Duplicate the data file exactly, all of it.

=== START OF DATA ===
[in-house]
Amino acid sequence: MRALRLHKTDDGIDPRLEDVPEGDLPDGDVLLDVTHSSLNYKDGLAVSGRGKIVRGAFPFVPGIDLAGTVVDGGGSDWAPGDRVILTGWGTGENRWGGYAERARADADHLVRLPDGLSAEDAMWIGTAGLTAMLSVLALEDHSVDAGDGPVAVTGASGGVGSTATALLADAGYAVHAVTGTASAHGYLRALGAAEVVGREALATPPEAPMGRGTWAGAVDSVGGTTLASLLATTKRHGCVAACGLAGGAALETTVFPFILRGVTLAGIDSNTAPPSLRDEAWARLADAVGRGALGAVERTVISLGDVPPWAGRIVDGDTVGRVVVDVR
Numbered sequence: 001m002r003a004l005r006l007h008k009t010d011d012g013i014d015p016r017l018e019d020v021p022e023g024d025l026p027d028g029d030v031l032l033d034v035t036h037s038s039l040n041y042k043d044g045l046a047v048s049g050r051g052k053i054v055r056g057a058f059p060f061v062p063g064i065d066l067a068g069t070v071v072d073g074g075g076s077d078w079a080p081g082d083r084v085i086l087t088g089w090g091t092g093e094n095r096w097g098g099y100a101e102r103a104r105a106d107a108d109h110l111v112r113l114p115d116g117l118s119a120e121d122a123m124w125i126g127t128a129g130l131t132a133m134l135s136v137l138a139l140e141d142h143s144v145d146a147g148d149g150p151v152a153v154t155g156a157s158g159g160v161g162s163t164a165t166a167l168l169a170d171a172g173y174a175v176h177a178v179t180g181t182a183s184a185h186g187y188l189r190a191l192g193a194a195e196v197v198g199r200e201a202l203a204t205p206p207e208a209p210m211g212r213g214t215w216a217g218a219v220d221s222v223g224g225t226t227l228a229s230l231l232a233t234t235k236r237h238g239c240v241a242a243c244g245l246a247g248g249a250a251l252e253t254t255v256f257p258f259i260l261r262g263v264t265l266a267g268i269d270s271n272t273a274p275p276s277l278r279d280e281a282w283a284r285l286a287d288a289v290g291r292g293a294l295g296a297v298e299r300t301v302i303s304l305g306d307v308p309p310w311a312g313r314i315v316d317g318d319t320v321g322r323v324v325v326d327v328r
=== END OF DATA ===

[in-house]
Amino acid sequence: MRALRLHKTDDGIDPRLEDVPEGDLPDGDVLLDVTHSSLNYKDGLAVSGRGKIVRGAFPFVPGIDLAGTVVDGGGSDWAPGDRVILTGWGTGENRWGGYAERARADADHLVRLPDGLSAEDAMWIGTAGLTAMLSVLALEDHSVDAGDGPVAVTGASGGVGSTATALLADAGYAVHAVTGTASAHGYLRALGAAEVVGREALATPPEAPMGRGTWAGAVDSVGGTTLASLLATTKRHGCVAACGLAGGAALETTVFPFILRGVTLAGIDSNTAPPSLRDEAWARLADAVGRGALGAVERTVISLGDVPPWAGRIVDGDTVGRVVVDVR
Numbered sequence: 001m002r003a004l005r006l007h008k009t010d011d012g013i014d015p016r017l018e019d020v021p022e023g024d025l026p027d028g029d030v031l032l033d034v035t036h037s038s039l040n041y042k043d044g045l046a047v048s049g050r051g052k053i054v055r056g057a058f059p060f061v062p063g064i065d066l067a068g069t070v071v072d073g074g075g076s077d078w079a080p081g082d083r084v085i086l087t088g089w090g091t092g093e094n095r096w097g098g099y100a101e102r103a104r105a106d107a108d109h110l111v112r113l114p115d116g117l118s119a120e121d122a123m124w125i126g127t128a129g130l131t132a133m134l135s136v137l138a139l140e141d142h143s144v145d146a147g148d149g150p151v152a153v154t155g156a157s158g159g160v161g162s163t164a165t166a167l168l169a170d171a172g173y174a175v176h177a178v179t180g181t182a183s184a185h186g187y188l189r190a191l192g193a194a195e196v197v198g199r200e201a202l203a204t205p206p207e208a209p210m211g212r213g214t215w216a217g218a219v220d221s222v223g224g225t226t227l228a229s230l231l232a233t234t235k236r237h238g239c240v241a242a243c244g245l246a247g248g249a250a251l252e253t254t255v256f257p258f259i260l261r262g263v264t265l266a267g268i269d270s271n272t273a274p275p276s277l278r279d280e281a282w283a284r285l286a287d288a289v290g291r292g293a294l295g296a297v298e299r300t301v302i303s304l305g306d307v308p309p310w311a312g313r314i315v316d317g318d319t320v321g322r323v324v325v326d327v328r